In just eight words, a Radio 4 guest nails everything that’s wrong with John Humphrys

John Humphrys
Emily Apple

On 29 May, Radio 4‘s John Humphrys interviewed Clare Akamanzi, CEO of the Rwanda Development Board, on the BBC‘s Today programme. The interview was about Rwanda’s decision to invest £30m to sponsor Arsenal F.C. to promote tourism. The deal has prompted criticism because of the country’s human rights record, the fact that it’s the 20th poorest country in the world, and because the UK is giving [pdf] it over £60m in aid.

But while these criticisms are valid, Humphrys’ tone throughout the interview was not. And Akamanzi only needed eight words to nail everything that is wrong with Humphrys, saying:

You are either ill-informed or ill-intentioned.

“Bizarre” and “eccentric”

Akamanzi attempted to explain why tourism is good for Rwanda:

Rwanda has a goal. Our goal is to not remain a poor country.

And she stated that Rwanda wanted to get to the point where it was no longer reliant on aid; in particular, to double its income from tourism. She asked:

How is that going to happen if we are not proactive in how we market ourselves to the world?

But Humphrys repeatedly derided the sponsorship deal as “bizarre” and “eccentric”. He also appeared to fail to understand how advertising works:

Anybody watching a football match may notice the advert on the shirt… but then looking at an advert on the shirt and then saying ‘Oh, well I’ll go to Rwanda’… it just seems highly eccentric.

People on Twitter were quick to call Humphrys out:

“Bigoted and ill-informed”

Twitter users also pointed out other problems with Humphrys’ interview:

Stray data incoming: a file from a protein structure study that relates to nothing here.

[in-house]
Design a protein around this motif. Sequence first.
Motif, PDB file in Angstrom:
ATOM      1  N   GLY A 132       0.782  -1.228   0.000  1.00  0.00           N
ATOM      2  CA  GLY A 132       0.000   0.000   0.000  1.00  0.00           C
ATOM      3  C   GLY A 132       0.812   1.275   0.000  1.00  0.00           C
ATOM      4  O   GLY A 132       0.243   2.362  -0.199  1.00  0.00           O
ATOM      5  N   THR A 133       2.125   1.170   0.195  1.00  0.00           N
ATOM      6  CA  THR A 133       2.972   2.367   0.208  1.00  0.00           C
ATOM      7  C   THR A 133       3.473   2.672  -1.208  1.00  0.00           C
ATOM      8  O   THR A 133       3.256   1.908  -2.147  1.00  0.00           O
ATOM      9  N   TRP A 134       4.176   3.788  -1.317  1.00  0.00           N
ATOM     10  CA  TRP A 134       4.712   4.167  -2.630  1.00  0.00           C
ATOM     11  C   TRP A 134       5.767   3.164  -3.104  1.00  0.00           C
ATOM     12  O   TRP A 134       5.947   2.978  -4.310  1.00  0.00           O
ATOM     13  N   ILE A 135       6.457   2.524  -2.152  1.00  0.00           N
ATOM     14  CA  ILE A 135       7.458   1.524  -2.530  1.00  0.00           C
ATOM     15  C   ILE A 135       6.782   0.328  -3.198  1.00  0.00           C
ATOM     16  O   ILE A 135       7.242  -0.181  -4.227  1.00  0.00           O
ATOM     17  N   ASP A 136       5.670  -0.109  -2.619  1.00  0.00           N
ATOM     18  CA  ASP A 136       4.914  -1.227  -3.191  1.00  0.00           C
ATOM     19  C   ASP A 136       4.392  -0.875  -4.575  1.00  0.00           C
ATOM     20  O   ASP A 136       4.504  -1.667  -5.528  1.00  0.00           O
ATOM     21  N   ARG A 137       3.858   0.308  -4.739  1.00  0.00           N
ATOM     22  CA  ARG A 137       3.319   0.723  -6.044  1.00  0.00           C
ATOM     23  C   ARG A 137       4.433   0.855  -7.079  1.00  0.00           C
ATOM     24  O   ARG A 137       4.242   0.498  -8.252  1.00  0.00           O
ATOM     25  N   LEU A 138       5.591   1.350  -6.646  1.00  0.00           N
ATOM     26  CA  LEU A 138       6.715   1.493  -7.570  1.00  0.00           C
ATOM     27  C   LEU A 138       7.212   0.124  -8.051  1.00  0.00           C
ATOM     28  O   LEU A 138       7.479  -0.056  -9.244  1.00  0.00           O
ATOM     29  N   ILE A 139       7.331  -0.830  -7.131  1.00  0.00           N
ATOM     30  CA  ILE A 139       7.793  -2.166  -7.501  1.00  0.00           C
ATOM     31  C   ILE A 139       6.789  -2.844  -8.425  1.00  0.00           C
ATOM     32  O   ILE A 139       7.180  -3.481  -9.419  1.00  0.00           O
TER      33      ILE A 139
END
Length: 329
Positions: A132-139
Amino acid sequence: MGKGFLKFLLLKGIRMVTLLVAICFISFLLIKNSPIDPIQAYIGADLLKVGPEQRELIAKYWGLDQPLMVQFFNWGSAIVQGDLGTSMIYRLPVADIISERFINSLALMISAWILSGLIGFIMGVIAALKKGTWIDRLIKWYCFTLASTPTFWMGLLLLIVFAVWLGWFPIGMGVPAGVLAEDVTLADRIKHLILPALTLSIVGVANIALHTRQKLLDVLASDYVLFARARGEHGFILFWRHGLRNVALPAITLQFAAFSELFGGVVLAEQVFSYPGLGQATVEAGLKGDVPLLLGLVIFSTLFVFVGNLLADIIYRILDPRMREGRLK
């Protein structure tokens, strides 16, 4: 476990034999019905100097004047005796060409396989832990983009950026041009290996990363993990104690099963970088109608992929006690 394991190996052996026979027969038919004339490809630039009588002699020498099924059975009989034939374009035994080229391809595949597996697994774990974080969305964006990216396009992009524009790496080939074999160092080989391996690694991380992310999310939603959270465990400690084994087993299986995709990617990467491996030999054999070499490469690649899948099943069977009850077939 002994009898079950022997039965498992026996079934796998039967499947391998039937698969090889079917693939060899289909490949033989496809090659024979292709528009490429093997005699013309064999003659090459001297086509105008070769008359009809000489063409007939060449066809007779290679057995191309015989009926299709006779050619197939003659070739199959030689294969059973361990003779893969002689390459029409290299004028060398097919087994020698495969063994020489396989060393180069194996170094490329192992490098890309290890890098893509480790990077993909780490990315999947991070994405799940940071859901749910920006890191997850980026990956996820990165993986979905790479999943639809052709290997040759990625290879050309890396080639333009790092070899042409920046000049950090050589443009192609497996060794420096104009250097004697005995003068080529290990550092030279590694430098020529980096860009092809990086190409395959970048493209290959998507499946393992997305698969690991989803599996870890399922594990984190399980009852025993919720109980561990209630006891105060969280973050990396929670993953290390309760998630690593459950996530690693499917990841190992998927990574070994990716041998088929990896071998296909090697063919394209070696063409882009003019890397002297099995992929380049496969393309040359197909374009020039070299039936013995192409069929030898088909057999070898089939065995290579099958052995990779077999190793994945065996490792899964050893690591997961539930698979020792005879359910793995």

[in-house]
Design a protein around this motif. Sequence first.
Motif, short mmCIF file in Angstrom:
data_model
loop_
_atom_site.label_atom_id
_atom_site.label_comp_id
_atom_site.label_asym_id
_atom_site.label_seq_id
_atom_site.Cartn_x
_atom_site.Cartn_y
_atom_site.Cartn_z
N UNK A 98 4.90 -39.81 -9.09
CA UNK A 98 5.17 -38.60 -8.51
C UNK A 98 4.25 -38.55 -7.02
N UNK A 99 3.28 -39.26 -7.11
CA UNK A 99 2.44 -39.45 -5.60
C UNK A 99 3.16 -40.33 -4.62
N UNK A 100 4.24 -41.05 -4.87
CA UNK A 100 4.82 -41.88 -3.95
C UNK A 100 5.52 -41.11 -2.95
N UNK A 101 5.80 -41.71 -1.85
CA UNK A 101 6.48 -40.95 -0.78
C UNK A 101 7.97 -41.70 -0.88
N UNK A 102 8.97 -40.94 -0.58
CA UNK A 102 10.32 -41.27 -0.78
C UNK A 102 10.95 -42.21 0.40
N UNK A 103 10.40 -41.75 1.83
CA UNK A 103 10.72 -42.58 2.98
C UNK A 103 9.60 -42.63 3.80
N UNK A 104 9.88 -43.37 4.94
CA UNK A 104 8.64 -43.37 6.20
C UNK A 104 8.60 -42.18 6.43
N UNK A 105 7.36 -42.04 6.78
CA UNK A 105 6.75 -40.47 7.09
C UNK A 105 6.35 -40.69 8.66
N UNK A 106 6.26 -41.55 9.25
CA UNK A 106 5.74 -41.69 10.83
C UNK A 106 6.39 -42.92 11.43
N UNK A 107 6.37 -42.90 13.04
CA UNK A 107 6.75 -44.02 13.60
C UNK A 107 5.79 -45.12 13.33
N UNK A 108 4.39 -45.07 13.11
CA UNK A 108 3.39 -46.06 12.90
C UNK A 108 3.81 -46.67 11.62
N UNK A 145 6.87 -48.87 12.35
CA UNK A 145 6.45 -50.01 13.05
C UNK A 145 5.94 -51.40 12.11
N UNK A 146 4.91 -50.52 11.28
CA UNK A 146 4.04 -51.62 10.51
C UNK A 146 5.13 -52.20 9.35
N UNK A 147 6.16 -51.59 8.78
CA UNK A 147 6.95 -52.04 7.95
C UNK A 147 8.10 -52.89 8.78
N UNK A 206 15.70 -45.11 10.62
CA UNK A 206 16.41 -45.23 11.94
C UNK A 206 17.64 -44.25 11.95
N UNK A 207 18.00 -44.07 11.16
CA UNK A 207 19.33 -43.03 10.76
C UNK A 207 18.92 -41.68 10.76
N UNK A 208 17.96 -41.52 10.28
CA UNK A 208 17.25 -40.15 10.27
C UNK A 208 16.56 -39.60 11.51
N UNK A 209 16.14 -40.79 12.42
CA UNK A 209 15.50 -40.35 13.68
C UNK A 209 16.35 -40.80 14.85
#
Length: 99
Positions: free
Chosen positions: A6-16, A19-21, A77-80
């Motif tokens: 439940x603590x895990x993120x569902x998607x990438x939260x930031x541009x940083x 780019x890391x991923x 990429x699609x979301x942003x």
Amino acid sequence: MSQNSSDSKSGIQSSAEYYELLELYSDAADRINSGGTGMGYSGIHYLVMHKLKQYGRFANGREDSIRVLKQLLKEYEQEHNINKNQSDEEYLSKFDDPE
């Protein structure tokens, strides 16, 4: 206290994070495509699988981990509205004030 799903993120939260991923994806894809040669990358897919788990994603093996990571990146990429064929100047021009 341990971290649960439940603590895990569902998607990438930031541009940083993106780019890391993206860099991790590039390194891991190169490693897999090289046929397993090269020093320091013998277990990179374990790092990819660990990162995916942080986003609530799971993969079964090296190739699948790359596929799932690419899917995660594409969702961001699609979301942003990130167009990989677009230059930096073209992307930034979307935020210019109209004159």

Others highlighted the double standards in the interview:

And some social media users observed areas that Rwanda is excelling in, such as gender equality (and providing universal eye-care):

A holiday destination?

Whether or not you’d choose Rwanda as a tourist destination is another matter. President of Rwanda Paul Kagame won the election in 2017 with 98.8% of the votes. Human Rights Watch interviewed people “who spoke of intimidation and irregularities during the campaign and voting period”. Diane Rwigara, a businesswoman who attempted to stand against Kagame, is currently on trial with her mother – accused of [paywall] “inciting insurrection or trouble among the population”. There are also reports of extrajudicial killings and torture. And Reporters Without Borders has called Kagame a “predator of press freedom”.

But this is the case with many tourist destinations. Turkey, for example, has an appalling human rights record and has recently been found guilty of war crimes by the Permanent Peoples’ Tribunal in Brussels. Reporters Without Borders, meanwhile, has called the country “the world’s biggest prison for the media profession”. Its income from tourism in 2017, however, was $26.3bn; and it’s unlikely that the BBC would have questioned its promotion of tourism in the same way as Rwanda’s.

‘You can’t teach an old dinosaur new tricks’

It was later in the Today programme, however, when Humphrys revealed part of his problem. Speaking about Starbucks closing 8,000 stores across the US for ‘racial awareness training’, he stated:

You can’t change that attitude with a training course… if it’s been inbuilt… for the whole of his life.

And if Humphrys believes that attitudes can’t change with training, then there really is no hope for him. He’ll continue conducting interviews that people find racist, colonialist and patronising. And this is not something any of us should want from our public service broadcaster.

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